By Lindsay Doty
Bowling pins crashing against the wood alley floor amid noisy cheers is a familiar sound to Brownsburg High School junior Meagan Kennedy, a champion bower for the Brownsburg Bowling Lady Bulldogs high school team.
“On a good bowling day, everything is just loud and powerful. If you throw a good ball and all 10 of those pins are knocked down instantly, it’s a loud and satisfying feeling,” says Kennedy.
Last week, the teenage bowler won the first-ever state championship title in individual competition for Brownsburg, beating out 600 other high school bowlers from across the state at the Indiana High School Bowling State Championship held in Fort Wayne. She averaged 222 per game for the season that ranked 3rd in Indiana.
“It felt absolutely amazing to go to state, it felt like so much hard work had paid off,” said Kennedy, who has been bowling since she was a little girl, hanging around the alley when her big brother took up the sport in middle school.
“My parents would bring me along to all the alleys rather than leave me at home with a babysitter,” she said. “I guess one day they decided to sign me up in a children’s league, and I’ve just been bowling ever since.”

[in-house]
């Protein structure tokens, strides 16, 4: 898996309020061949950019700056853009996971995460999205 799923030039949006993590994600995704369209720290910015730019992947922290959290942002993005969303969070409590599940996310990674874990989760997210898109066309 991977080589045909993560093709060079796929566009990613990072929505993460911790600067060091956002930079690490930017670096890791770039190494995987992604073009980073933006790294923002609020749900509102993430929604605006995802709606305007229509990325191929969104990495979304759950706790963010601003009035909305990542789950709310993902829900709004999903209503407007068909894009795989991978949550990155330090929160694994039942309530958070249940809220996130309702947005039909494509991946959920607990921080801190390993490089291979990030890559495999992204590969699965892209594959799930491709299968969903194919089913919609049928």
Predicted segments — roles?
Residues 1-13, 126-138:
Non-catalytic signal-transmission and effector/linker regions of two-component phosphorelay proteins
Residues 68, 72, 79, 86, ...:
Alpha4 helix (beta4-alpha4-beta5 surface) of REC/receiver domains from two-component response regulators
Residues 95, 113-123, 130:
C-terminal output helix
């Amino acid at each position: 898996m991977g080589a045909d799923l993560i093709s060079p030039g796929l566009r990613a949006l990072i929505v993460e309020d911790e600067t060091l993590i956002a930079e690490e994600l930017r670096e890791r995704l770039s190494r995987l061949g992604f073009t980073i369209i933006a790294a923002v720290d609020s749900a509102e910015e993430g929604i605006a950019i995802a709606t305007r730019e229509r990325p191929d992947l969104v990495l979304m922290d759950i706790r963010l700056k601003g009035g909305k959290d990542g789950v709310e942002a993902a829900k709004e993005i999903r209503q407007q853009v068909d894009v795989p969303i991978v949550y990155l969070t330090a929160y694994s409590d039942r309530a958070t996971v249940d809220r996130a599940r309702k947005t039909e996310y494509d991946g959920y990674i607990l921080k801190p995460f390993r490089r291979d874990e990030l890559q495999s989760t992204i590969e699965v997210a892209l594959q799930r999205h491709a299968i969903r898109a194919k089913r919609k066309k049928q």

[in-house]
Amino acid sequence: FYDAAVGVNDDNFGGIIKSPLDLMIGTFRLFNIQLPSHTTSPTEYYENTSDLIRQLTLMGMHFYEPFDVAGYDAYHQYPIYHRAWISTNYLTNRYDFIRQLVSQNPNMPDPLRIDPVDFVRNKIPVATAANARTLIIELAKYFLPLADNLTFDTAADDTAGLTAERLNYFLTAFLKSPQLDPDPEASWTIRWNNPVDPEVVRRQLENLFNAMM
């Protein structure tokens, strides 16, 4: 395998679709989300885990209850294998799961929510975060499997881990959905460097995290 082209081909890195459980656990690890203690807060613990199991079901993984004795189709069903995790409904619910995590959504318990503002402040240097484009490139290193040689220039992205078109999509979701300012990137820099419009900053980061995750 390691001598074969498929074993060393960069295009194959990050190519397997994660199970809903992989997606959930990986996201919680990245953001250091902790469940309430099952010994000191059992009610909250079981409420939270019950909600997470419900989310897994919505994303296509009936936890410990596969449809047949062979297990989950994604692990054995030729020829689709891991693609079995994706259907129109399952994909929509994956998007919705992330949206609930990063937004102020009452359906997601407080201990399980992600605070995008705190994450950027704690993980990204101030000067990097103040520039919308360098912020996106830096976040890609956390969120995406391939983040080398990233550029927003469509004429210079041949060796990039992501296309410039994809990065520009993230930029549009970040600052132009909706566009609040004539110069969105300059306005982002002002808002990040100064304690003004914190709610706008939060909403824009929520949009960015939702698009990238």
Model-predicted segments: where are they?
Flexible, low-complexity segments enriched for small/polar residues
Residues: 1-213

High school bowling isn’t a sanctioned sport but a club team. The coaches are volunteers. Brownsburg Bowling Lady Bulldogs head coach Mike Loviscek says the support of the community and the school district has helped make it a successful program.
The district added a trophy case for the bowling team at the high school, and principals come out to bowl against the kids after the season is over.
“We have been supported by the school system and the staff from the get-go, and that is the reason we are as good as we are,” said Loviscek.
“The parents are truly the real X factor. They are supportive, loud and they have smart, great kids,” said Loviscek. “That is what Brownsburg Bowling is all about.”
He hopes high school bowling which competes as both a team and as an individual will continue to grow.
“You see, being in large schools where it is hard to get on a varsity team, bowling gives an avenue to allow kids to be part of something,” said Loviscek. “It gives the kids a network of support when it is so easy to get lost in high school.”
For bowlers like Kennedy, it has been more than just throwing a strike.
“I love the friendships that are made while bowling. I’ve met so many amazing people and teenagers through tournaments, many of who(m) I still talk to today,” she said. “I love making new friends, especially when everyone who bowls is very friendly and we automatically know we have something in common.”
By Lindsay Doty